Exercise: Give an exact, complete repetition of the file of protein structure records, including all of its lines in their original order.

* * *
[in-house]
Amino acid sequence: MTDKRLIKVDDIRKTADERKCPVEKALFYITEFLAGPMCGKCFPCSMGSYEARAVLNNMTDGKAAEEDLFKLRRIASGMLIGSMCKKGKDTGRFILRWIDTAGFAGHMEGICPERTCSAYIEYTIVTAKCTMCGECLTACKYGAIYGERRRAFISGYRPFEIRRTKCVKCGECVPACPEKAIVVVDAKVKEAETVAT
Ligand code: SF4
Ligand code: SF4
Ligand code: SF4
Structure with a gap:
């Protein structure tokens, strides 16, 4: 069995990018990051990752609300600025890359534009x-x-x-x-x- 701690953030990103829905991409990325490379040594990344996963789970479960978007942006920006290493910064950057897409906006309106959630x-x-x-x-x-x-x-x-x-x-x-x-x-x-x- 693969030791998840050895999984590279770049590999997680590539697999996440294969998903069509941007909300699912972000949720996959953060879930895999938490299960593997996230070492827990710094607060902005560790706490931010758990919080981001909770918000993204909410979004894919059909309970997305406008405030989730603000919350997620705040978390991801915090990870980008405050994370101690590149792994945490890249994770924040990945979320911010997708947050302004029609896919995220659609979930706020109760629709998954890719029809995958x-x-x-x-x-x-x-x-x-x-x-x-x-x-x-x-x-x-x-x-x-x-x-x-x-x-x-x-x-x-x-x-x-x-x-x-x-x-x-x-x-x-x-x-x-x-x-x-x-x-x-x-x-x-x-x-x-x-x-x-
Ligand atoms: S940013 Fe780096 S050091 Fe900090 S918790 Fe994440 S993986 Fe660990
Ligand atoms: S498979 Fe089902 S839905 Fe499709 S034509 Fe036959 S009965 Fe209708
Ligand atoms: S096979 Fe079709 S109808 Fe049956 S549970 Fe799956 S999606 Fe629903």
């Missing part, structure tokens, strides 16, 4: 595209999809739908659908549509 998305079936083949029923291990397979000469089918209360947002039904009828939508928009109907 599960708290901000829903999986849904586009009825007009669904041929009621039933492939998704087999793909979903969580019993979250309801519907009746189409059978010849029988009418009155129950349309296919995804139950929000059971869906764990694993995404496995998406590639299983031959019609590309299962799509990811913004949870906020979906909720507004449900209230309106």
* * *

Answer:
[in-house]
Amino acid sequence: MTDKRLIKVDDIRKTADERKCPVEKALFYITEFLAGPMCGKCFPCSMGSYEARAVLNNMTDGKAAEEDLFKLRRIASGMLIGSMCKKGKDTGRFILRWIDTAGFAGHMEGICPERTCSAYIEYTIVTAKCTMCGECLTACKYGAIYGERRRAFISGYRPFEIRRTKCVKCGECVPACPEKAIVVVDAKVKEAETVAT
Ligand code: SF4
Ligand code: SF4
Ligand code: SF4
Structure with a gap:
């Protein structure tokens, strides 16, 4: 069995990018990051990752609300600025890359534009x-x-x-x-x- 701690953030990103829905991409990325490379040594990344996963789970479960978007942006920006290493910064950057897409906006309106959630x-x-x-x-x-x-x-x-x-x-x-x-x-x-x- 693969030791998840050895999984590279770049590999997680590539697999996440294969998903069509941007909300699912972000949720996959953060879930895999938490299960593997996230070492827990710094607060902005560790706490931010758990919080981001909770918000993204909410979004894919059909309970997305406008405030989730603000919350997620705040978390991801915090990870980008405050994370101690590149792994945490890249994770924040990945979320911010997708947050302004029609896919995220659609979930706020109760629709998954890719029809995958x-x-x-x-x-x-x-x-x-x-x-x-x-x-x-x-x-x-x-x-x-x-x-x-x-x-x-x-x-x-x-x-x-x-x-x-x-x-x-x-x-x-x-x-x-x-x-x-x-x-x-x-x-x-x-x-x-x-x-x-
Ligand atoms: S940013 Fe780096 S050091 Fe900090 S918790 Fe994440 S993986 Fe660990
Ligand atoms: S498979 Fe089902 S839905 Fe499709 S034509 Fe036959 S009965 Fe209708
Ligand atoms: S096979 Fe079709 S109808 Fe049956 S549970 Fe799956 S999606 Fe629903």
């Missing part, structure tokens, strides 16, 4: 595209999809739908659908549509 998305079936083949029923291990397979000469089918209360947002039904009828939508928009109907 599960708290901000829903999986849904586009009825007009669904041929009621039933492939998704087999793909979903969580019993979250309801519907009746189409059978010849029988009418009155129950349309296919995804139950929000059971869906764990694993995404496995998406590639299983031959019609590309299962799509990811913004949870906020979906909720507004449900209230309106």